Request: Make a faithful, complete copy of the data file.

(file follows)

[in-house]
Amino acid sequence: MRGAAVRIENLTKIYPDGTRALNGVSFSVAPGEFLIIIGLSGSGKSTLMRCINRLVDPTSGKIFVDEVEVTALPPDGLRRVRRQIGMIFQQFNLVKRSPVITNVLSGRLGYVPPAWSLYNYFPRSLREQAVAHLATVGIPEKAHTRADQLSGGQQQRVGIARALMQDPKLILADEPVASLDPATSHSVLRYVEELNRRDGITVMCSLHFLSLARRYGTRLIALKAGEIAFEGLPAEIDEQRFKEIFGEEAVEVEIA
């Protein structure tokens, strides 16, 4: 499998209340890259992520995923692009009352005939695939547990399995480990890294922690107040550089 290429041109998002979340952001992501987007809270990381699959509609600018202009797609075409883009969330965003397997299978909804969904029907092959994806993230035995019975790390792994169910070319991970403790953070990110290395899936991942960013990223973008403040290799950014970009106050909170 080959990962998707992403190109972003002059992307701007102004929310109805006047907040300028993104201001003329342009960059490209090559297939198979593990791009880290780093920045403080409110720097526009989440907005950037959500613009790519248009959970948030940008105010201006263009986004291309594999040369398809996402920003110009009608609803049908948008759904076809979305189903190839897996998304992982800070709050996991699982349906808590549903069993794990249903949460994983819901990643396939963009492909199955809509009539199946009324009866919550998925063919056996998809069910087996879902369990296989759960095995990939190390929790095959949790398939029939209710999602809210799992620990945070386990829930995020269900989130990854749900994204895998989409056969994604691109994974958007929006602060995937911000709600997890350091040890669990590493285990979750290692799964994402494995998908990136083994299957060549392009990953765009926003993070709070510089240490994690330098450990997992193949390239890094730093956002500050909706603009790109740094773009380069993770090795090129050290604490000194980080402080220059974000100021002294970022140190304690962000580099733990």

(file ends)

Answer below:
[in-house]
Amino acid sequence: MRGAAVRIENLTKIYPDGTRALNGVSFSVAPGEFLIIIGLSGSGKSTLMRCINRLVDPTSGKIFVDEVEVTALPPDGLRRVRRQIGMIFQQFNLVKRSPVITNVLSGRLGYVPPAWSLYNYFPRSLREQAVAHLATVGIPEKAHTRADQLSGGQQQRVGIARALMQDPKLILADEPVASLDPATSHSVLRYVEELNRRDGITVMCSLHFLSLARRYGTRLIALKAGEIAFEGLPAEIDEQRFKEIFGEEAVEVEIA
């Protein structure tokens, strides 16, 4: 499998209340890259992520995923692009009352005939695939547990399995480990890294922690107040550089 290429041109998002979340952001992501987007809270990381699959509609600018202009797609075409883009969330965003397997299978909804969904029907092959994806993230035995019975790390792994169910070319991970403790953070990110290395899936991942960013990223973008403040290799950014970009106050909170 080959990962998707992403190109972003002059992307701007102004929310109805006047907040300028993104201001003329342009960059490209090559297939198979593990791009880290780093920045403080409110720097526009989440907005950037959500613009790519248009959970948030940008105010201006263009986004291309594999040369398809996402920003110009009608609803049908948008759904076809979305189903190839897996998304992982800070709050996991699982349906808590549903069993794990249903949460994983819901990643396939963009492909199955809509009539199946009324009866919550998925063919056996998809069910087996879902369990296989759960095995990939190390929790095959949790398939029939209710999602809210799992620990945070386990829930995020269900989130990854749900994204895998989409056969994604691109994974958007929006602060995937911000709600997890350091040890669990590493285990979750290692799964994402494995998908990136083994299957060549392009990953765009926003993070709070510089240490994690330098450990997992193949390239890094730093956002500050909706603009790109740094773009380069993770090795090129050290604490000194980080402080220059974000100021002294970022140190304690962000580099733990």